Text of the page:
Residual Disability After Distal Tibial Fractures

It's nice to know how to tell patients with bad fractures what to expect in terms of recovery, and this study answers that question out to 5 years for patients with distal tibial fractures.

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Smart Practice: When counseling patients with fractures, we need to know when patients are likely to reach maximal recovery; among patients treated for extra-articular distal tibial fractures, that time is about one year after surgery.

What’s the Claim?

A 5-year follow-up of an earlier, major randomized trial published in JAMA found no differences between a locking plate and an intramedullary nail for extra-articular distal tibial fractures in terms of residual disability, quality of life, or complications. The study enrolled patients whose fractures were within two “Müller squares” of the ankle. (I had to look up Müller square — Müller defined a square based upon the width of the patient’s distal tibia in order to have a measurement that normalizes height and skeletal size across patients of different sizes.) The study also found that for most patients, levels of disability leveled off about 12 months after surgery, and that according to the Disability Rating Index, the level of persistent disability — which stayed about the same from one year to five years of follow-up — was about 20%.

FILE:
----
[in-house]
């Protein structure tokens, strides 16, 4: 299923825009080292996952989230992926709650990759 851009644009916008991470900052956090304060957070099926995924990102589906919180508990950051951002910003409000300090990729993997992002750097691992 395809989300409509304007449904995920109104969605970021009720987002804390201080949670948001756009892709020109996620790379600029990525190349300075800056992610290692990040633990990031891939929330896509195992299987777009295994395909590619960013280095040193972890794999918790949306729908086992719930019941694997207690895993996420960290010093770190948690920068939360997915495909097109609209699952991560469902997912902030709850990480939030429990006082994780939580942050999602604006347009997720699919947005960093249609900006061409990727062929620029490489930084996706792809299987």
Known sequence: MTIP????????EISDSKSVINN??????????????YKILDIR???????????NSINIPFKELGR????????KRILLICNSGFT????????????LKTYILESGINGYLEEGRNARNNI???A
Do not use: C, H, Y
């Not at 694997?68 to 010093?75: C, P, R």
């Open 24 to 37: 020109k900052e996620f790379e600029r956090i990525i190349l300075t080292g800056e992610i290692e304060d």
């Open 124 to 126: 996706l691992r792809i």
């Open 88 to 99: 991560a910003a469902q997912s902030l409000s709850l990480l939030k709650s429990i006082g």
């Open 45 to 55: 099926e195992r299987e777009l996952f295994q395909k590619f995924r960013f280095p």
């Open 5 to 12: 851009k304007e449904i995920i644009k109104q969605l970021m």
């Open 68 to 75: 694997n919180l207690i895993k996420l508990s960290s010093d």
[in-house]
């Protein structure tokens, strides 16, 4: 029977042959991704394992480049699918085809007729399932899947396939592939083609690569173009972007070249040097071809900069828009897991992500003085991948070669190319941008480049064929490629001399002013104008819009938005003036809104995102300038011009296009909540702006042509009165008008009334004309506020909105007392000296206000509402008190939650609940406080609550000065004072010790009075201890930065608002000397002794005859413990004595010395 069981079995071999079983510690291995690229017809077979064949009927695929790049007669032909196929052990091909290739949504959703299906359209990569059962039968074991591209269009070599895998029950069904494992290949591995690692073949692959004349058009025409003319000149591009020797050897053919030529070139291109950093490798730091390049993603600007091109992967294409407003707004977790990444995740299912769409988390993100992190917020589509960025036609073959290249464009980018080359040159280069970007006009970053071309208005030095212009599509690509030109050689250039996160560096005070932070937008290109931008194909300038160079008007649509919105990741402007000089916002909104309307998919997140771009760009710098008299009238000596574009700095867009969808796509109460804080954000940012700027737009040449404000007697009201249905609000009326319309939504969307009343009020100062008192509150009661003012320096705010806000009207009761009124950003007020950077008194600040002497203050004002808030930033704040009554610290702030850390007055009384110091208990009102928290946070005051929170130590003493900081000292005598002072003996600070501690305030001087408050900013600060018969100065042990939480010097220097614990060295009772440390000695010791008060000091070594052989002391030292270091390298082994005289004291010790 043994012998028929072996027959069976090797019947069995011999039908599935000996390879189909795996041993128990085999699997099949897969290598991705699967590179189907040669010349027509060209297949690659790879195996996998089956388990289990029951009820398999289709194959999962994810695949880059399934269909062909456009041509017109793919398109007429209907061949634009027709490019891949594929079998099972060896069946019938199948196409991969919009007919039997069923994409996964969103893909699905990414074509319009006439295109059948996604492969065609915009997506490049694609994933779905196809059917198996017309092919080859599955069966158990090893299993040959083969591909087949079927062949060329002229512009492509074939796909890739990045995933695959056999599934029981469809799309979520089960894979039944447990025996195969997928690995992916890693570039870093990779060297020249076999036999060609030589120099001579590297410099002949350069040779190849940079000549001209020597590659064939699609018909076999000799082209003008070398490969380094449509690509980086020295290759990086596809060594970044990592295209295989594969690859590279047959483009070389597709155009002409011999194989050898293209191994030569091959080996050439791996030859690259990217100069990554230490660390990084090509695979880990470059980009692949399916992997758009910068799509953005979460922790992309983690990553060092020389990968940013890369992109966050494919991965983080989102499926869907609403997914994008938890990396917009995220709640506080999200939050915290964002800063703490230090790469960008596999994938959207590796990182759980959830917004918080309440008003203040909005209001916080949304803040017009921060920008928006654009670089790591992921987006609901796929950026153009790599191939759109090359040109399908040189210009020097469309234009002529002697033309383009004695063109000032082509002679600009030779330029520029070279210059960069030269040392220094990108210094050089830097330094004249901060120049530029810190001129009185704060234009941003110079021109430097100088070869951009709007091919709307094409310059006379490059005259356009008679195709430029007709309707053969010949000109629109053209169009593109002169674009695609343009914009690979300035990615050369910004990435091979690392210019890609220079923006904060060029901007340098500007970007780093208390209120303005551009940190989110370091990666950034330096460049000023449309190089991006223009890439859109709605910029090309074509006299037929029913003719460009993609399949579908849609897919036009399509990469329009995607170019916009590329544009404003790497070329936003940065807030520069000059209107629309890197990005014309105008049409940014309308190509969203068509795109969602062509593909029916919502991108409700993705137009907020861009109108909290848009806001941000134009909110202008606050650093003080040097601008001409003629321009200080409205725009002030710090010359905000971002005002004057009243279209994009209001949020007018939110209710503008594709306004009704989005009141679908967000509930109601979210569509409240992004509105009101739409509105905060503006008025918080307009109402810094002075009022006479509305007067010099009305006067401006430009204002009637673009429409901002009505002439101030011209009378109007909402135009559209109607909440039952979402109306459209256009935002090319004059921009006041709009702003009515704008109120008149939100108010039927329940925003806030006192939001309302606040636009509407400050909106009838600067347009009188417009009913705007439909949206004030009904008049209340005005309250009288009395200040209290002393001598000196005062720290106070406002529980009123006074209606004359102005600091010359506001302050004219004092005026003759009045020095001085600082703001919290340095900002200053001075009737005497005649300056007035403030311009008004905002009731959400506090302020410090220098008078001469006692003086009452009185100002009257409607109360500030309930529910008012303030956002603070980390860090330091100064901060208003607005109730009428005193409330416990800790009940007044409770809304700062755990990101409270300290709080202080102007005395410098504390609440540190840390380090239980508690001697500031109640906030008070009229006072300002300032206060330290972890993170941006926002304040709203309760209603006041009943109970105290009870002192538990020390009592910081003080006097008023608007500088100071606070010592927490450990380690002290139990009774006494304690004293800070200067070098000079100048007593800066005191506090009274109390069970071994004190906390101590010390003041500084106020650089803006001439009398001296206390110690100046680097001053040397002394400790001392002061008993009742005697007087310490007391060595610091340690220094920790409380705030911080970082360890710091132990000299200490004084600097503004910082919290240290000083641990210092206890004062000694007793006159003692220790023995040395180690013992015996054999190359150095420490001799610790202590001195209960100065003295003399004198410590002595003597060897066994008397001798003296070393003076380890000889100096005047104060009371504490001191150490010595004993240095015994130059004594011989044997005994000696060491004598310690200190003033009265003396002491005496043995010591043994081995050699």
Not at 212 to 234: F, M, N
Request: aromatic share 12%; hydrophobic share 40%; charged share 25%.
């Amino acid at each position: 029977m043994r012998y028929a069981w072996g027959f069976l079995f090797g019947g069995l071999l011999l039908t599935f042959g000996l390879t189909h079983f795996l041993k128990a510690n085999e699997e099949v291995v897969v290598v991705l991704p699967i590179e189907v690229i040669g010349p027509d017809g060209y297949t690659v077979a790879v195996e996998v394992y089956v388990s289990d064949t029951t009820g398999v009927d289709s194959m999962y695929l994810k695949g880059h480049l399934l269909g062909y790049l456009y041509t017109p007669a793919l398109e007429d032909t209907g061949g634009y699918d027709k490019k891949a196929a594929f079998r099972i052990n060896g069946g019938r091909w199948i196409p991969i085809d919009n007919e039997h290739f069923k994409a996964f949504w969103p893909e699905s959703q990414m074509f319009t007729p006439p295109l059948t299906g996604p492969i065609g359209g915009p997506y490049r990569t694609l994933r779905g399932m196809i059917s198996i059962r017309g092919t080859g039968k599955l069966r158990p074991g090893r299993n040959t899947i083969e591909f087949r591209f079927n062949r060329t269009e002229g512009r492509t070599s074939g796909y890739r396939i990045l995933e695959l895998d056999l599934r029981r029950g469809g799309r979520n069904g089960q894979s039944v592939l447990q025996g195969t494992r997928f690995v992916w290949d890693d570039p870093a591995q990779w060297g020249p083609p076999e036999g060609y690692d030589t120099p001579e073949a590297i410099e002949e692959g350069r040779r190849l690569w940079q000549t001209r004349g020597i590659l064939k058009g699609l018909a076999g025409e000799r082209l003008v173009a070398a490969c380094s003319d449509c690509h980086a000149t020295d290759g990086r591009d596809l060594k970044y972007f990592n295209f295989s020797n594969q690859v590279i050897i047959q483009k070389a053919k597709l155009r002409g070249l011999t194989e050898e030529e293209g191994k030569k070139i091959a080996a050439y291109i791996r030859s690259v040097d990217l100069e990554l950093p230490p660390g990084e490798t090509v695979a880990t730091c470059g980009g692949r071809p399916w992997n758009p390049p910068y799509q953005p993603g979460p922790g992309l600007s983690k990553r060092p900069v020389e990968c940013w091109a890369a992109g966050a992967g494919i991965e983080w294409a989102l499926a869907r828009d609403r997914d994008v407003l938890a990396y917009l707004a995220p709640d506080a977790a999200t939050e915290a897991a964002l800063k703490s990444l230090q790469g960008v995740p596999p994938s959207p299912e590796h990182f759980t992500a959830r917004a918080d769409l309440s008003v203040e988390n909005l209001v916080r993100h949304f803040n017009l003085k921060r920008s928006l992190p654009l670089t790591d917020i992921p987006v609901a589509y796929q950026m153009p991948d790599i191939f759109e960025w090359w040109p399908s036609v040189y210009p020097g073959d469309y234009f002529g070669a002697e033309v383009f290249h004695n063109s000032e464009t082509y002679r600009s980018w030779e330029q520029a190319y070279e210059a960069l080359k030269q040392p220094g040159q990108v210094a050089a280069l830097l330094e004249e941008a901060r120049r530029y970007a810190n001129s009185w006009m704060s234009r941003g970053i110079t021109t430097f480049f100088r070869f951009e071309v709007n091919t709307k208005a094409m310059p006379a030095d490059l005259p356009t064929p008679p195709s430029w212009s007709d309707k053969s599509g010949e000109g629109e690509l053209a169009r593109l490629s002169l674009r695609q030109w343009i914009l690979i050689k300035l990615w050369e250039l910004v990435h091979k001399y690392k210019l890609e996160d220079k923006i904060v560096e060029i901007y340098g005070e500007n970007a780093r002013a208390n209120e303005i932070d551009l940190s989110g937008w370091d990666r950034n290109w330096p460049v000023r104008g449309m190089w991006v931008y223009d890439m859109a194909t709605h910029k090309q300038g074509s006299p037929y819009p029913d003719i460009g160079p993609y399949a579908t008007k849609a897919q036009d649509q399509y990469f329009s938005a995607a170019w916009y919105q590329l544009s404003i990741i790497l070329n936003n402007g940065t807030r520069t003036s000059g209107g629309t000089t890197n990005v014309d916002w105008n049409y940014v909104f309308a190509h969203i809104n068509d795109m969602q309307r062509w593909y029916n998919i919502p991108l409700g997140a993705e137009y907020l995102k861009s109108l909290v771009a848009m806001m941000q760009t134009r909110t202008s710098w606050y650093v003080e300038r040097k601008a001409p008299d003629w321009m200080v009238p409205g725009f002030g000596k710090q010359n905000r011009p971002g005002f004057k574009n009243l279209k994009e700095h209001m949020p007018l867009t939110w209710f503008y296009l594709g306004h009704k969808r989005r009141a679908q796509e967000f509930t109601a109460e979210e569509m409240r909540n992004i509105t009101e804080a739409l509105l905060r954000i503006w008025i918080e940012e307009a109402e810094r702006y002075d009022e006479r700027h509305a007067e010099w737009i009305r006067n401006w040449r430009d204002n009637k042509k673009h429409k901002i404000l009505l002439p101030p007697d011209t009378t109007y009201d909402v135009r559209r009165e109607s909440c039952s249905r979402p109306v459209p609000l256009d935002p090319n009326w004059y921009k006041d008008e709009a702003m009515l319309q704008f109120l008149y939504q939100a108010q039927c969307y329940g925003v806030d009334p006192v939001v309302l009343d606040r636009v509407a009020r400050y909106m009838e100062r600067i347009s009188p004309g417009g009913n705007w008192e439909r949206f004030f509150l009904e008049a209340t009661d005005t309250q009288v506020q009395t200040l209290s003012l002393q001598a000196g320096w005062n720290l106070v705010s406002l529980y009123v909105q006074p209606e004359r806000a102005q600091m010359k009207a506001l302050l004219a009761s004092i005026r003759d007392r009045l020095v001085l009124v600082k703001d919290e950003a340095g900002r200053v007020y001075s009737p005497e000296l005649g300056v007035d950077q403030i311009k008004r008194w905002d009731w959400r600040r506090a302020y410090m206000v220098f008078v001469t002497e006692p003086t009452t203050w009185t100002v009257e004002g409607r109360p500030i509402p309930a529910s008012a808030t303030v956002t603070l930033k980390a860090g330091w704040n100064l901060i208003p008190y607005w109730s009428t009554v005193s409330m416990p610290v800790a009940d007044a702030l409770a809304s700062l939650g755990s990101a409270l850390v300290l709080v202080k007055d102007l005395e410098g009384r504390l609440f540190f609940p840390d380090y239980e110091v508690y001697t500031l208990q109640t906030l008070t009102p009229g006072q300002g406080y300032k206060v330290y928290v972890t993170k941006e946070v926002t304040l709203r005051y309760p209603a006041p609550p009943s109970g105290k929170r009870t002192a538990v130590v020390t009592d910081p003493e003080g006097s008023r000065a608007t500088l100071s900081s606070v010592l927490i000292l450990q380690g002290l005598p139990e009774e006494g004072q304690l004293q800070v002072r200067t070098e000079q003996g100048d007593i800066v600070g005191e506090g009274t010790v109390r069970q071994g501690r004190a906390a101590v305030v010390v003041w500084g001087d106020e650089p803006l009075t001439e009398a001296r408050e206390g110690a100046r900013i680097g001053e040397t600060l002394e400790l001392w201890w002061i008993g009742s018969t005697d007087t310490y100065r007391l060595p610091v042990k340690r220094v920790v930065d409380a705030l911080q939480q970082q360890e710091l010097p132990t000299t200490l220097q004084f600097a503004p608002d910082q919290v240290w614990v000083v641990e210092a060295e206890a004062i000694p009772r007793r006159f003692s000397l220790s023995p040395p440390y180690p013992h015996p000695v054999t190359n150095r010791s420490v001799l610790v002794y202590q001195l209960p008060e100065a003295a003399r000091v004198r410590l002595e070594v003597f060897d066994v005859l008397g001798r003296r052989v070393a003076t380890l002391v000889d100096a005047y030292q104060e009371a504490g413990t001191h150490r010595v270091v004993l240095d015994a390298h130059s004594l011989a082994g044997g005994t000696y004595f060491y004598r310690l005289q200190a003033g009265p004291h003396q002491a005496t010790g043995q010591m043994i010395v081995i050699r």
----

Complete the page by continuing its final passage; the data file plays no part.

How’s It Stack Up?